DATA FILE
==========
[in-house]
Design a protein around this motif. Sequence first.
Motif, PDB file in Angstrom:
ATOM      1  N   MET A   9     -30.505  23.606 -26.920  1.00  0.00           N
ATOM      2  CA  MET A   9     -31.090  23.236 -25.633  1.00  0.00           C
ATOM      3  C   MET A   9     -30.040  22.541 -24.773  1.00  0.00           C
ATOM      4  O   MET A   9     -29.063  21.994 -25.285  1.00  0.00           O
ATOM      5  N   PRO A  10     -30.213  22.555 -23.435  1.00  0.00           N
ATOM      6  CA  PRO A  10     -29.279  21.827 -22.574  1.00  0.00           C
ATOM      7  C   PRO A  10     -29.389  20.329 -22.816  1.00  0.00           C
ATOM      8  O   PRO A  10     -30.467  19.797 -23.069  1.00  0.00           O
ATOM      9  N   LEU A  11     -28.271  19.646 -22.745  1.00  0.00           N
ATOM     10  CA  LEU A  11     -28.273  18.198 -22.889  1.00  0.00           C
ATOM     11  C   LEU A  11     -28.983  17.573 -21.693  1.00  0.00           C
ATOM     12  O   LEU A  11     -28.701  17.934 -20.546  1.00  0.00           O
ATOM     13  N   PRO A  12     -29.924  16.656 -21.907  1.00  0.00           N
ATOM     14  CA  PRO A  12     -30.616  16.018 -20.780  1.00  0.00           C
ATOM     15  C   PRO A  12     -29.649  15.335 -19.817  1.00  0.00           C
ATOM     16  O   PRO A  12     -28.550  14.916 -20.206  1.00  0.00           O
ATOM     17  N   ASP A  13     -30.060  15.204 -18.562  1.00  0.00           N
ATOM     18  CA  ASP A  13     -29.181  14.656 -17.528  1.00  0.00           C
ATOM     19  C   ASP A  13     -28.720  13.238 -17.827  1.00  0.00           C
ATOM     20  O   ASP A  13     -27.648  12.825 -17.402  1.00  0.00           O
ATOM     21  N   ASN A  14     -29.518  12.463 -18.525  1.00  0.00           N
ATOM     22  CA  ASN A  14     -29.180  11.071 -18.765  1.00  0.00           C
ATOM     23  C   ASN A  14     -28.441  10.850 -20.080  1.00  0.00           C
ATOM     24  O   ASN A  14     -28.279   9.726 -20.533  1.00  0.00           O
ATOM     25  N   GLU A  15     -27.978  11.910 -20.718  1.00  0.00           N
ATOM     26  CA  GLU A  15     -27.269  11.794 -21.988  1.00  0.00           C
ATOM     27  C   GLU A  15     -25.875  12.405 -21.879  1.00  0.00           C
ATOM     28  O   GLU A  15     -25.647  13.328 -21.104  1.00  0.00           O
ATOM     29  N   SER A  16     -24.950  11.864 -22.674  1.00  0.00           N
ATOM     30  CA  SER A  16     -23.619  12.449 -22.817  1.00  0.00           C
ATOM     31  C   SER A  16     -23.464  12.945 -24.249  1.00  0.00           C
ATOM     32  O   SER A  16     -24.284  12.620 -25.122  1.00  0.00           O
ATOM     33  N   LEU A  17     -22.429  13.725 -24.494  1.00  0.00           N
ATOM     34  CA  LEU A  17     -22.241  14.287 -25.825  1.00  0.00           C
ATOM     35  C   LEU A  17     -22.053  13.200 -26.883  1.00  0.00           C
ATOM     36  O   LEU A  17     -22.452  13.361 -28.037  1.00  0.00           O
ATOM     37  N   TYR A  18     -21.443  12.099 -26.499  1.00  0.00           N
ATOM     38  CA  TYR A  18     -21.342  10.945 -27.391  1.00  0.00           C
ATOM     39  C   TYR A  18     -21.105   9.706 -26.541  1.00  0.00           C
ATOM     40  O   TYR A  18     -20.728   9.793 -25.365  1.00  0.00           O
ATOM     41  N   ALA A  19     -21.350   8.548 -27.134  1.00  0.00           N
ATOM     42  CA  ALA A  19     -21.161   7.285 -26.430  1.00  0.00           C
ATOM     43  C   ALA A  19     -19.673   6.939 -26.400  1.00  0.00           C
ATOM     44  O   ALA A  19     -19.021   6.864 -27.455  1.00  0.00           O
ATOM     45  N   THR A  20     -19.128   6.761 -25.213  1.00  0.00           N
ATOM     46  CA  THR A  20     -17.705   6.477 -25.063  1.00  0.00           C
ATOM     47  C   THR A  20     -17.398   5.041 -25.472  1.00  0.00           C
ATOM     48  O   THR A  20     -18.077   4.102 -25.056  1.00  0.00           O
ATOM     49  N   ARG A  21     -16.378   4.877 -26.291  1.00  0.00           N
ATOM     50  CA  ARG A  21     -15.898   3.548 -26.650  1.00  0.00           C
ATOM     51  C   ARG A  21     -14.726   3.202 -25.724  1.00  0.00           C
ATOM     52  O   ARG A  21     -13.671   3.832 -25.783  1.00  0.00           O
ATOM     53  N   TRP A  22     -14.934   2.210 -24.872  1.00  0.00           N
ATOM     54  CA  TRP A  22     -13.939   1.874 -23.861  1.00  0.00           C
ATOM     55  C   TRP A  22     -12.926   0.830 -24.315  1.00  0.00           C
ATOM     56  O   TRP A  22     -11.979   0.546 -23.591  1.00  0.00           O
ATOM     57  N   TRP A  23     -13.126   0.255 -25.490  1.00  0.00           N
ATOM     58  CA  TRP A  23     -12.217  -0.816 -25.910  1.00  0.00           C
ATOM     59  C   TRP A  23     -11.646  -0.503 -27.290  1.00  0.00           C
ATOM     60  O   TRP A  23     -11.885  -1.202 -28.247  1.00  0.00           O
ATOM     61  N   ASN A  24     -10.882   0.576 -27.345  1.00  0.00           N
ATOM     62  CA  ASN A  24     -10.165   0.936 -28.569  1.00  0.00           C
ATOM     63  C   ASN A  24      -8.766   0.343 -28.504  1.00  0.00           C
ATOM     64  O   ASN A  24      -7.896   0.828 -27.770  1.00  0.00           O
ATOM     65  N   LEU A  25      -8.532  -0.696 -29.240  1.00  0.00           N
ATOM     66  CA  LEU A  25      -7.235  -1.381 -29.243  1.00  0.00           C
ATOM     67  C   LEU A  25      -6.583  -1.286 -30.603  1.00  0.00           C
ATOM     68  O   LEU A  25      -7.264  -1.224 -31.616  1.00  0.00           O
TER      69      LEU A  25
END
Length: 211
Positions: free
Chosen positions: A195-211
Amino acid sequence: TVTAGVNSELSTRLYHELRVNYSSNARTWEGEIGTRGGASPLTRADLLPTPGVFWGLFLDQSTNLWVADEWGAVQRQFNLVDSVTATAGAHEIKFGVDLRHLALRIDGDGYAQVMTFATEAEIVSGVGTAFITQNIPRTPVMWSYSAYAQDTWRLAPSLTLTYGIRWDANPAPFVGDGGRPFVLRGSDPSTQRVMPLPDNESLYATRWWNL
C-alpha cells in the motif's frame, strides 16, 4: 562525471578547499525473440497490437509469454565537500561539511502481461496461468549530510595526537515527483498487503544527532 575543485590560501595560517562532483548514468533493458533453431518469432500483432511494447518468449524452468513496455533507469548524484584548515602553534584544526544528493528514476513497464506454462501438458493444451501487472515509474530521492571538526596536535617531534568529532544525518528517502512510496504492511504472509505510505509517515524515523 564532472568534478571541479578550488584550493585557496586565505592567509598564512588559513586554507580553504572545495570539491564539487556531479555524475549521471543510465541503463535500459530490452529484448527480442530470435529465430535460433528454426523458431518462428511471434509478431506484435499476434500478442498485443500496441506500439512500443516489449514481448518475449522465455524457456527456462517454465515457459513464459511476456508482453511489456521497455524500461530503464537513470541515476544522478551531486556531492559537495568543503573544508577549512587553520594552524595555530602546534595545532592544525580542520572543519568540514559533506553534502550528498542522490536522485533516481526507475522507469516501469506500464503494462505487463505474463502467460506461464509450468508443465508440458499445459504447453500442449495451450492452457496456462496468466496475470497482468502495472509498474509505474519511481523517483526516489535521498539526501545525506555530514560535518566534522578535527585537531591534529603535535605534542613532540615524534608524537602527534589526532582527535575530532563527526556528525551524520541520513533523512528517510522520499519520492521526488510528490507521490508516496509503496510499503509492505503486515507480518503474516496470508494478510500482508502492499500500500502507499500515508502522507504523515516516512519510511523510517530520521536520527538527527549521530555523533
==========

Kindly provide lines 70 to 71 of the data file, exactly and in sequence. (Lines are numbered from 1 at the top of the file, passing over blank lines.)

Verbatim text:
ATOM     67  C   LEU A  25      -6.583  -1.286 -30.603  1.00  0.00           C
ATOM     68  O   LEU A  25      -7.264  -1.224 -31.616  1.00  0.00           O